That or Which?

Lately, your Guru has been fielding this particular question quite often; it’s high time we cleared this up – and again, it’s easier than you probably think it is.

Let’s start with a simple sentence. Which of these is correct?
A. The book that your Guru wrote is about grammar.
B. The book, which your Guru wrote, is about grammar.

Well, both are correct. Your Guru could give you the long, boring answer (probably the one
your third grade teacher tried to pound into you), but she’s here to help you, not lecture you.

So, just ask yourself: Do we need to know that the Guru wrote the book, or is that information incidental? If you are identifying the book by telling us that the Guru wrote it, you should use “that.” “That,” in this instance, is restrictive, meaning that it’s restricting the subject to something specific.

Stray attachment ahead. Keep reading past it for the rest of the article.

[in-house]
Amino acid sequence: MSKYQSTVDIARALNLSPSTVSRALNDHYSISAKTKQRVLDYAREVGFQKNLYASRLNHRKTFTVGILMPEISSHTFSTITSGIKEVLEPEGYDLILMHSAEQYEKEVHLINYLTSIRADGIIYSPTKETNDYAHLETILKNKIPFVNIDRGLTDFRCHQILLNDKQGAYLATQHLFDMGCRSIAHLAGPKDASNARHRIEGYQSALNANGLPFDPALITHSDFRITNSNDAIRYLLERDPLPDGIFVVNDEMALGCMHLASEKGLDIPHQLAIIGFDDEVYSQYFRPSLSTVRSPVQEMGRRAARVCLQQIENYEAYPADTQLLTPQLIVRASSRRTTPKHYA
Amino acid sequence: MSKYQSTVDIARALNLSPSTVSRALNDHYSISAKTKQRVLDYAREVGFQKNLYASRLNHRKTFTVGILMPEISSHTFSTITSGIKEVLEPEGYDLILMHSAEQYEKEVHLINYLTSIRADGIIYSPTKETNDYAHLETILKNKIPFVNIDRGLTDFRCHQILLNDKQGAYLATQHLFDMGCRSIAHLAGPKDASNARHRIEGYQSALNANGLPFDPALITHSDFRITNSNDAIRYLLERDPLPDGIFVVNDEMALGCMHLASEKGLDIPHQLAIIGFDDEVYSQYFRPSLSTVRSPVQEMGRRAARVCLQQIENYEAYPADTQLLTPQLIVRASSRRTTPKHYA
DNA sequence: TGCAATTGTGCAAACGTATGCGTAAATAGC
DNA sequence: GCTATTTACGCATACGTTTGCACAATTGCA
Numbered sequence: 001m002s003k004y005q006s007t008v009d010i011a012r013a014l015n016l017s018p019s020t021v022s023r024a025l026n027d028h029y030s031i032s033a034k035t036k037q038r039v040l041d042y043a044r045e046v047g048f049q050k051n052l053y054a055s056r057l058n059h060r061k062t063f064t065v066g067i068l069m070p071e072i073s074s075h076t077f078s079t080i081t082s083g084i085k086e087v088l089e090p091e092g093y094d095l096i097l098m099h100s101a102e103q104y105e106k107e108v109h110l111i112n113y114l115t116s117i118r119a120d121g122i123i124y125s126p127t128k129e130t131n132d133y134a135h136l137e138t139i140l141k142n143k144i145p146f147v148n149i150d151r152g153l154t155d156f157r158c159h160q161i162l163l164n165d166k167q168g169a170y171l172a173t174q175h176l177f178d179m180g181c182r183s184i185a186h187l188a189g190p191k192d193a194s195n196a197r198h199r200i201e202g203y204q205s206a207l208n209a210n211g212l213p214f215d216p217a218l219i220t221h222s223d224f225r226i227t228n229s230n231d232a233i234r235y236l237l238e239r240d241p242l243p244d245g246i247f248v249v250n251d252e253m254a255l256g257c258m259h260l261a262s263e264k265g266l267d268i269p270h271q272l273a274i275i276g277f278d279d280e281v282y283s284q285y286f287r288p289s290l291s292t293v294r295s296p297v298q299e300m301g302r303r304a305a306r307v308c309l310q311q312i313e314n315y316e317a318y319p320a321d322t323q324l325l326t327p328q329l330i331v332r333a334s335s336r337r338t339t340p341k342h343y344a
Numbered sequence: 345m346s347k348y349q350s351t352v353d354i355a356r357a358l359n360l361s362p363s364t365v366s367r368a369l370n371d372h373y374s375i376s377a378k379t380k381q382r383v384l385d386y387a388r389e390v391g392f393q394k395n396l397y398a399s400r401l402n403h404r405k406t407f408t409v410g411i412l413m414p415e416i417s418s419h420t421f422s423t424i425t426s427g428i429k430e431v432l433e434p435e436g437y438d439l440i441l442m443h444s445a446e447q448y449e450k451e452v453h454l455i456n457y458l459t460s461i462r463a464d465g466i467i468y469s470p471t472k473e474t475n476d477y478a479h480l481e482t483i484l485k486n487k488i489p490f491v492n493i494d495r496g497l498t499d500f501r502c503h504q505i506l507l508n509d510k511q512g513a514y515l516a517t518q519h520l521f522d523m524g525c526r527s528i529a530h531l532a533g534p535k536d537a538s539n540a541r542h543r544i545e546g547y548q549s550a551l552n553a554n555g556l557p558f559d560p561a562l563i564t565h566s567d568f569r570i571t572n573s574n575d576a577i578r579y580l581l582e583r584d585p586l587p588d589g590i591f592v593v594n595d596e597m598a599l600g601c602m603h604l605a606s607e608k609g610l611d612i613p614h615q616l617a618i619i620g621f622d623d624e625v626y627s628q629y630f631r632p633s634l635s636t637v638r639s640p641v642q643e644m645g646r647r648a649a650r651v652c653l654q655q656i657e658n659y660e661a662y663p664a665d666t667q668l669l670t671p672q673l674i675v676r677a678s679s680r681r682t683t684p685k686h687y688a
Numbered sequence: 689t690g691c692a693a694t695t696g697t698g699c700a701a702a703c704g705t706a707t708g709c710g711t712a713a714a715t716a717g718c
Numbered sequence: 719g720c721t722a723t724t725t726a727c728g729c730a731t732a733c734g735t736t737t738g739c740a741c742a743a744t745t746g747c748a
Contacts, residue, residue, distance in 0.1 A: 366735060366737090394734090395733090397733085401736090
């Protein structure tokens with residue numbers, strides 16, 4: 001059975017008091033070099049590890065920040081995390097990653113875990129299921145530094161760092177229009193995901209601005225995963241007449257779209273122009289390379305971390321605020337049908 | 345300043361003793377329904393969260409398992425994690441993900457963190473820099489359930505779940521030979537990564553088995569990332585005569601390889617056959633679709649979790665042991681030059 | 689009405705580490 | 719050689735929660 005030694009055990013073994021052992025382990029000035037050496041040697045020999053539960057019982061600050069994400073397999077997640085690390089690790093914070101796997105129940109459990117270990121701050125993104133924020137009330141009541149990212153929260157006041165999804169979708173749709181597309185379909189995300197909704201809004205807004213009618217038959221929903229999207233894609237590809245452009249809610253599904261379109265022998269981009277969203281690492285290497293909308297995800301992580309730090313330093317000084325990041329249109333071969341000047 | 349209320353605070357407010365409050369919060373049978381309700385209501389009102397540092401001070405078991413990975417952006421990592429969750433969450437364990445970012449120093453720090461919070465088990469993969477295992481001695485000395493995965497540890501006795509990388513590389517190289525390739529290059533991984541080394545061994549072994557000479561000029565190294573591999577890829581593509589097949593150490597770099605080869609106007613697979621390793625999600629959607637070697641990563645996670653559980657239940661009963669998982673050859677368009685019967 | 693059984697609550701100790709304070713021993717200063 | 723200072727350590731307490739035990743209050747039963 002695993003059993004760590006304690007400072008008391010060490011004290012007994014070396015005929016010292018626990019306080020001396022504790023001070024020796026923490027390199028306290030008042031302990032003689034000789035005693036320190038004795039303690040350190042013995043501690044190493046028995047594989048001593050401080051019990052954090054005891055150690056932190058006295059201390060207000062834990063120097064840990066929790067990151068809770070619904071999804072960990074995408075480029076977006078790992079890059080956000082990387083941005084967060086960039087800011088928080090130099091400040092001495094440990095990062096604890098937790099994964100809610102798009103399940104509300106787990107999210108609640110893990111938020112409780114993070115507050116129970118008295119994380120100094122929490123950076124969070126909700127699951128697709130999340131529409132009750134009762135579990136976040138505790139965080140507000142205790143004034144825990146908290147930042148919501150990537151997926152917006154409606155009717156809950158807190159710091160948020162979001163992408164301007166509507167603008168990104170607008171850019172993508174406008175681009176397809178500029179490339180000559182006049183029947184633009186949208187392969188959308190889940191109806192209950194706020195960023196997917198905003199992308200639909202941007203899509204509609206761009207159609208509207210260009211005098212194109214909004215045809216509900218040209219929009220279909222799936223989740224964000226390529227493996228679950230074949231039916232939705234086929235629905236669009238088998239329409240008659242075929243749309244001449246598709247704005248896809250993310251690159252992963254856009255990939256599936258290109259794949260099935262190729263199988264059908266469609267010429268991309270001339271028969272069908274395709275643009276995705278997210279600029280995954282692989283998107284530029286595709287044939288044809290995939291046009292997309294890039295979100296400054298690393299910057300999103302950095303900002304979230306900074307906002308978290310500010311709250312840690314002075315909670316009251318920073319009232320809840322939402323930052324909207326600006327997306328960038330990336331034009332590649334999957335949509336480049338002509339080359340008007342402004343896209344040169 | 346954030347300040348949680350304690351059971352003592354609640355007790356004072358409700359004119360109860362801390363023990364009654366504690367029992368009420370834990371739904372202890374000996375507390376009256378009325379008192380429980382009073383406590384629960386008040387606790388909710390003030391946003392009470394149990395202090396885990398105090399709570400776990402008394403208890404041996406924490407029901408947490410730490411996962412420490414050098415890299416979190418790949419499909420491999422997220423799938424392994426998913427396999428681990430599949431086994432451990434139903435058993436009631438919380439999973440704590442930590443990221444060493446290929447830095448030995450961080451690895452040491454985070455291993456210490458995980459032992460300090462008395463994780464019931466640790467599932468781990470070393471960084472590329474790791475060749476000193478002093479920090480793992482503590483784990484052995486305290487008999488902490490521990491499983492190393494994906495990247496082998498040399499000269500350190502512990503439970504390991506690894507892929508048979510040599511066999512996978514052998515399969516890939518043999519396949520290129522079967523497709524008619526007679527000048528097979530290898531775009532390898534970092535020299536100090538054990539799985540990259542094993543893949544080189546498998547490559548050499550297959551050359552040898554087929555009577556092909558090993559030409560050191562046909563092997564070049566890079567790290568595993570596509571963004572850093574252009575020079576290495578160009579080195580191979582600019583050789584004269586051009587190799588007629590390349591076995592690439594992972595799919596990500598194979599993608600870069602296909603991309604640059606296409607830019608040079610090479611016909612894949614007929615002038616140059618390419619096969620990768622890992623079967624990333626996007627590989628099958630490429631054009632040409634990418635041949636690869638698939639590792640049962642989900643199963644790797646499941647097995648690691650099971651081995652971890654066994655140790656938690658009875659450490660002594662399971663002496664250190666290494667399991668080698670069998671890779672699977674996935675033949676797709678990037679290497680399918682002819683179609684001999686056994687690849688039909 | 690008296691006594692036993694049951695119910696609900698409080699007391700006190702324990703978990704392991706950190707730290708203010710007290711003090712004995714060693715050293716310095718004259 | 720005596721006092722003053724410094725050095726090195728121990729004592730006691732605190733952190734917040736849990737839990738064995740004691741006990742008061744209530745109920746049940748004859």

If, however, your main point is the book, and it is only incidental that the Guru wrote it (and
when is your Guru incidental? She hopes you don’t answer that), you should use the more non-restrictive “which.” And, of course, don’t forget to set off the phrase with commas.

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